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εγκρατεια
Transliteration: Definition: Pronunciation: enkrateia or enkratia Self-governance, self-mastery, self-control en-'krah-tay-a (hear)

Explanation
Enkrateia is often defined as self-control, but a much better definition is self-governance. The root kratia means government, and is the basis of such words as democracy (demokratia, rule by the people, plutocracy, rule of the rich, etc.). Many modern psychologists have observed that the human personality is characterized by numerous, more or less distinct 'sub-egos': at various times we are a father, mother, child, teacher, student, worker, friend, enemy, moralist, sensualist, etc. Of great concern is to orchestrate these diverse facets into a harmonious whole, rather than a chaotic jumble of conflicting desires and actions. Effective selfgovernment in this sense is enkrateia; its absence (a chaotic, disorganized personality), or lack of selfgovernment, is called akrasia. Psychologically, enkrateia can be thought of as the development or emergence a specialized sub-ego, an Inner Governor or Inner Lawgiver, which directs the others. This theme is the topic of Plato's Republic, which, contrary to popular belief, is not mainly about how to design an ideal political state; rather, it uses the example of a physical city-state as a metaphor to understand the principles of inner, self-governance. This inner governor is sometimes in Greek philosophy called the hegemonikon (i.e., leader; related to the modern word 'hegemony'), although hegemonikon has other meanings as well. For Plato, the only effective form this inner governor can take is that of a philosopher or lover of wisdom. Yet this philosopher leader has a most difficult task, because other sub-egos, especially those concerned with inordinate self-love and sensual pleasures, are prone to rebellion. Concerning this Plato presents an elaborate metaphor of a ship's captain and mutiny-prone crew: [488a] ... Picture a shipmaster in height and strength surpassing all others on the ship, [488b] but who is slightly deaf and of similarly impaired vision, and whose knowledge of navigation is on a par with his sight and hearing. Conceive the sailors to be wrangling with one another for control of the helm, each claiming that it is his right to steer though he has never learned the art and cannot point out his teacher or any time when he studied it. And what is more, they affirm that it cannot be taught at all, but they are ready to make mincemeat of anyone who says that it can be taught, [488c] and meanwhile they are always clustered about the shipmaster importuning him and sticking at nothing to induce him to turn over the helm to them. And sometimes, if they fail and others get his ear, they put the others to death or cast them out from the ship, and then, after binding and stupefying the worthy shipmaster with mandragora or intoxication or otherwise, they take command of the ship, consume its stores and, drinking and feasting, make such a voyage of it as is to be expected from such, and as if that were not enough, they praise and celebrate as a navigator, [488d] a pilot, a master of shipcraft, the man who is most cunning to lend a hand in persuading or constraining the shipmaster to let them rule, while the man who lacks this craft they censure as useless. They have no suspicions that the true pilot must give his attention to the time of the year, the seasons, the sky, the winds, the stars, and all that pertains to his art if he is to be a true ruler of a ship, and that he does not believe that there is any art or science of seizing the helm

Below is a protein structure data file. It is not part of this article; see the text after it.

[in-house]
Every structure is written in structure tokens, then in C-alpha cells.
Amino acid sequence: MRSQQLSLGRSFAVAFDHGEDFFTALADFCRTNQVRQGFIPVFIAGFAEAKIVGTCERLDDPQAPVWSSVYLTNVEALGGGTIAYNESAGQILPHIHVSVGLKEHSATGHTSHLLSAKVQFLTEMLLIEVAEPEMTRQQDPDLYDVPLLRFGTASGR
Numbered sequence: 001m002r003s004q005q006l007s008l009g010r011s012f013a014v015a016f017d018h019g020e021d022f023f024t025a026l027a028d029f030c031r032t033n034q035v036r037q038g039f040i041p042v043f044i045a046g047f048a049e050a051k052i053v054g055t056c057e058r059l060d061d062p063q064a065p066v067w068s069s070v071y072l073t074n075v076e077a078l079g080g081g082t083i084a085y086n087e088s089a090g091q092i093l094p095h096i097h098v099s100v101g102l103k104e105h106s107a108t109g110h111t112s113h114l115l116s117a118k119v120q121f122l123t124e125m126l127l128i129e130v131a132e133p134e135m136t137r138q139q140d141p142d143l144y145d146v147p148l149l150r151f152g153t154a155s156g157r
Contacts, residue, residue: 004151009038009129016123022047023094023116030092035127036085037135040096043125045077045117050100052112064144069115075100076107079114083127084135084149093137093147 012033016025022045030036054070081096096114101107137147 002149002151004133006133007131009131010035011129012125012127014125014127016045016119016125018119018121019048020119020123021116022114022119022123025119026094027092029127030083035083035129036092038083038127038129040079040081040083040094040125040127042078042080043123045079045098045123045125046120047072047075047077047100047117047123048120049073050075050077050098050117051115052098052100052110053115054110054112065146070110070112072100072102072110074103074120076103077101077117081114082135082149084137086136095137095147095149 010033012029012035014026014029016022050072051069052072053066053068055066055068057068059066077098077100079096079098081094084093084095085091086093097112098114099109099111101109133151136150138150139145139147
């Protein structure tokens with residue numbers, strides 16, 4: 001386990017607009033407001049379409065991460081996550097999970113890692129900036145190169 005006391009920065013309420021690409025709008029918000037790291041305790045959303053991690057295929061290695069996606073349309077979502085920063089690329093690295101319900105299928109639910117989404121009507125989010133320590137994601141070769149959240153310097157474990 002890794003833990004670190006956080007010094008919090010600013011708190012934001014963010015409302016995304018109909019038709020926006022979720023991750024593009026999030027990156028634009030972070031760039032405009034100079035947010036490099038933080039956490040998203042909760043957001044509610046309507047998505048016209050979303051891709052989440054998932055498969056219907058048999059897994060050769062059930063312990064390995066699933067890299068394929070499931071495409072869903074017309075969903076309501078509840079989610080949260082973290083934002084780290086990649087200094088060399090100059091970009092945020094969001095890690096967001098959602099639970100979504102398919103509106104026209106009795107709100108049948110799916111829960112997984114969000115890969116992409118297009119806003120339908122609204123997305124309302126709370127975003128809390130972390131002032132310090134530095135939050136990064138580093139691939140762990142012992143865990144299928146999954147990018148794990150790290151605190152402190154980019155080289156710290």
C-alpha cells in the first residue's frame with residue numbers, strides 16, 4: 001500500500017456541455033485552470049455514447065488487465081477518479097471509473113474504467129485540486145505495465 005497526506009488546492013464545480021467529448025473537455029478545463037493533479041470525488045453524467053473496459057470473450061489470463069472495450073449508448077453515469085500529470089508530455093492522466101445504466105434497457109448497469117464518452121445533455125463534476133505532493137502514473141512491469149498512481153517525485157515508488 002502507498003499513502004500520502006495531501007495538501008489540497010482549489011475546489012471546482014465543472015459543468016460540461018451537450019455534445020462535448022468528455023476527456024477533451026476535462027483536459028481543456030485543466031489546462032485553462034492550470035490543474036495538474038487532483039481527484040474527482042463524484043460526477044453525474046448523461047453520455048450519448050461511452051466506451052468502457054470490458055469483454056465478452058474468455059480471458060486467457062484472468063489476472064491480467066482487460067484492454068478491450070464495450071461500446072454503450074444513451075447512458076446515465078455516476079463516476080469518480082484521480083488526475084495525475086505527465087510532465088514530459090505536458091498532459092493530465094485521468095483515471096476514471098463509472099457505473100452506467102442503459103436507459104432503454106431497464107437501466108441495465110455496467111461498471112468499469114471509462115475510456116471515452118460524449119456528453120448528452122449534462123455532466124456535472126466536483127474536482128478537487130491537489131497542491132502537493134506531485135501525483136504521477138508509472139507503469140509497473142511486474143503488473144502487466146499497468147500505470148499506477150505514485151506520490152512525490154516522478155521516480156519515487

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[488e] with or without the consent of others, or any possibility of mastering this alleged art and the practice of it at the same time with the science of navigation. With such goings-on aboard ship do you not think that the real pilot would in very deed be called a star-gazer, an idle babbler, [489a] a useless fellow, by the sailors in ships managed after this fashion? (Plato, Republic 6.488; Paul Shorey, translator) The task is difficult, Plato suggests, but by no means impossible; and, in any case, necessary for happiness. When other sub-egos succeed in wresting control of the 'ship of the self' from the philosopher leader, chaos results: the personality becomes confused, agitated, and disorganized. In a sense, this is like a kind of death. One goal of philosophy, then, is to keep the philosopher in charge, so that the genuine, authentic personality (i.e., of the harmonized kind, which functions in accord with God's will and Nature), remains in leadership continuously, i.e., a kind of 'deathless' (athanatos; thanatos = death) state. Approaching the topic in a less mystical vein, Aristotle analyzes and offers many helpful insights about the nature of self-governance.

Reading
l

Kraut, Richard. Aristotle's Ethics. In: The Stanford Encyclopedia of Philosophy (Spring 2012 Edition), Edward N. Zalta (ed.).

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